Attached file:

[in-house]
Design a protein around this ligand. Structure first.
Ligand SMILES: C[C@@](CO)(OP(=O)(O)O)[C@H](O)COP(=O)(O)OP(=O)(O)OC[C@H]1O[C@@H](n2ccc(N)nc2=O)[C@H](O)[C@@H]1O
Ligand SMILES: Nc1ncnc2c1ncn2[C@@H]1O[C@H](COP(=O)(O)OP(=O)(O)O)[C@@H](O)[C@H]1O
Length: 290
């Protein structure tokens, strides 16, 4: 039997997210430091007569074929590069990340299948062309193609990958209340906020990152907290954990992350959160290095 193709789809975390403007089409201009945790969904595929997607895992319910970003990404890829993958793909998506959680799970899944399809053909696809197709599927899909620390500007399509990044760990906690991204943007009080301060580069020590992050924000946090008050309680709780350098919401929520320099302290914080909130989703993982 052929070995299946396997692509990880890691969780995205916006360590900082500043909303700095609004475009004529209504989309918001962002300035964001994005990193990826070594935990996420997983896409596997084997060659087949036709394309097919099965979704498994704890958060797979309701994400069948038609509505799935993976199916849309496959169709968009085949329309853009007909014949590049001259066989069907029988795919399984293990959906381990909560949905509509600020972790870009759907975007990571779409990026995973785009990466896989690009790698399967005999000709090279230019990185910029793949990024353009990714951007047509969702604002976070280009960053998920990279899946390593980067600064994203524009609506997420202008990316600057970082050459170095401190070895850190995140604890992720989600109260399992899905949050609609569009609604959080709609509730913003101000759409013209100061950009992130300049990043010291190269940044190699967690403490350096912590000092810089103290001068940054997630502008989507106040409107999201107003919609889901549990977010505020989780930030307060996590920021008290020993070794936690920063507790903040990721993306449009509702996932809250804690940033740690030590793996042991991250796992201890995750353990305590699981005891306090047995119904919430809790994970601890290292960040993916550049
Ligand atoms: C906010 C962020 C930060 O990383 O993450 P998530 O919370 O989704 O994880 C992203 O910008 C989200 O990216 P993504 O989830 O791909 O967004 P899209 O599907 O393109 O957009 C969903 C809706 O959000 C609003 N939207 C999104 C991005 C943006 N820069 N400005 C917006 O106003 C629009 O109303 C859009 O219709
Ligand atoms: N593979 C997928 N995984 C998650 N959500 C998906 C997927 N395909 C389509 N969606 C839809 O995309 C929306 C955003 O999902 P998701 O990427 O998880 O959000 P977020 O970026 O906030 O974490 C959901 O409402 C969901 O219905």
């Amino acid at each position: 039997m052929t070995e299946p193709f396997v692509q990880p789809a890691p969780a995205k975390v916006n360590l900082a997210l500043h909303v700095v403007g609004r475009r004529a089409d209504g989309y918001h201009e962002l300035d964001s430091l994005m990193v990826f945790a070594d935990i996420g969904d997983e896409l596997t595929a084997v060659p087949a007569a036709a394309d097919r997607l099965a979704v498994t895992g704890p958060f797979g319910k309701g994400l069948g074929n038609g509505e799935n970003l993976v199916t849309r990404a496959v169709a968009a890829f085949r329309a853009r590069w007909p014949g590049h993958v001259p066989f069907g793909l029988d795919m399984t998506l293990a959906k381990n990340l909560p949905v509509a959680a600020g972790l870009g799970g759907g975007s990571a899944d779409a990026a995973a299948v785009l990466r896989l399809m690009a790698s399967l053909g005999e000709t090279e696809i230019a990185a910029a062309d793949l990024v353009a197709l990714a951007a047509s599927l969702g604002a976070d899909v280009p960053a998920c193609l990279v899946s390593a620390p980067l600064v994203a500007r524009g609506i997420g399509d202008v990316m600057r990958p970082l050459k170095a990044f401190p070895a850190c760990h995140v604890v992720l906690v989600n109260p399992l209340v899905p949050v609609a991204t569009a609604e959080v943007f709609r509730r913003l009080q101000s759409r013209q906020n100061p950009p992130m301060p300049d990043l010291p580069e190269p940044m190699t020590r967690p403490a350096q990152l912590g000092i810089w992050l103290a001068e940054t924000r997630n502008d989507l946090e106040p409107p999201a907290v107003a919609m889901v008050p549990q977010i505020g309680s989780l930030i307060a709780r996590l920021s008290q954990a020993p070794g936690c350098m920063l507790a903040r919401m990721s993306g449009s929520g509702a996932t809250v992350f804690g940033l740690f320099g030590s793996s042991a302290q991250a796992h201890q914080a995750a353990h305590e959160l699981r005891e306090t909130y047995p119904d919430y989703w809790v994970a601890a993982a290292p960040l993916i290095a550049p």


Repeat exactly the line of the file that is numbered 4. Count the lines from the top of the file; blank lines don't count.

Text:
Ligand SMILES: Nc1ncnc2c1ncn2[C@@H]1O[C@H](COP(=O)(O)OP(=O)(O)O)[C@@H](O)[C@H]1O